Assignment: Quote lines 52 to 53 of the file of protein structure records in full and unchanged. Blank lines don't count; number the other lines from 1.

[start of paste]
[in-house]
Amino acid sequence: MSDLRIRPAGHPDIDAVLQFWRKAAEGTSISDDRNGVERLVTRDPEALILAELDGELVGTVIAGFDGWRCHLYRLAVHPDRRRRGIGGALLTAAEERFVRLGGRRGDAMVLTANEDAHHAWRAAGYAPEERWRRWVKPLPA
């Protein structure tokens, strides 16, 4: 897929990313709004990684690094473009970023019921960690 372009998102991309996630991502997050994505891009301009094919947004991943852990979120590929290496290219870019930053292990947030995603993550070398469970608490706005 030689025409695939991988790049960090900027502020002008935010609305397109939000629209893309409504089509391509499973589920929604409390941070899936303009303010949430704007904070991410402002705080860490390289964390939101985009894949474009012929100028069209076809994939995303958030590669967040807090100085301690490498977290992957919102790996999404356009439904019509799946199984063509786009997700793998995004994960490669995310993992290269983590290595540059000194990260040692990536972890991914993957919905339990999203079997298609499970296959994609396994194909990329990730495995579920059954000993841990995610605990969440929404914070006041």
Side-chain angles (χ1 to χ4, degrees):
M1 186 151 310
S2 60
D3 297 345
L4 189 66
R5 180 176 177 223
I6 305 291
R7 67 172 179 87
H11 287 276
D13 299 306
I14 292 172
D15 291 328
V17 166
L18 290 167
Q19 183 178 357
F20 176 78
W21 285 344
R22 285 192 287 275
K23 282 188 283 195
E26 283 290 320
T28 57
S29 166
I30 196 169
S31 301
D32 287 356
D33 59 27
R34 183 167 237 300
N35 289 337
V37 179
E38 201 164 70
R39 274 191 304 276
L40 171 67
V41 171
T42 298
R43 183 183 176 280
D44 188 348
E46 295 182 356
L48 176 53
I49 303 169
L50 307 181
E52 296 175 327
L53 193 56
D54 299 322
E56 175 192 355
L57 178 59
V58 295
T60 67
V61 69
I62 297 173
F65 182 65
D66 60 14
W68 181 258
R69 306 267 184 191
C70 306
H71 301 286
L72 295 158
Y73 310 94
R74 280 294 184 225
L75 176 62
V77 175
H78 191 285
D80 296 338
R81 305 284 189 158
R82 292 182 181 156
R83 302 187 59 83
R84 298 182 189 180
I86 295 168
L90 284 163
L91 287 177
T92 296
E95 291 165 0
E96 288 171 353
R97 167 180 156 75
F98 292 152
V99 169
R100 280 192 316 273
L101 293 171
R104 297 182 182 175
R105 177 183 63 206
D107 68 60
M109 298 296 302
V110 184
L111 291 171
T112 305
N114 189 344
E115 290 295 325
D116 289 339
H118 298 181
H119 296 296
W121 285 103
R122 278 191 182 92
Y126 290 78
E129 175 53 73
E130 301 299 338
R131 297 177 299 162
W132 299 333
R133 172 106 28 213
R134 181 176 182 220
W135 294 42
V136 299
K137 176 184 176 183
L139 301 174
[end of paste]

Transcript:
I62 297 173
F65 182 65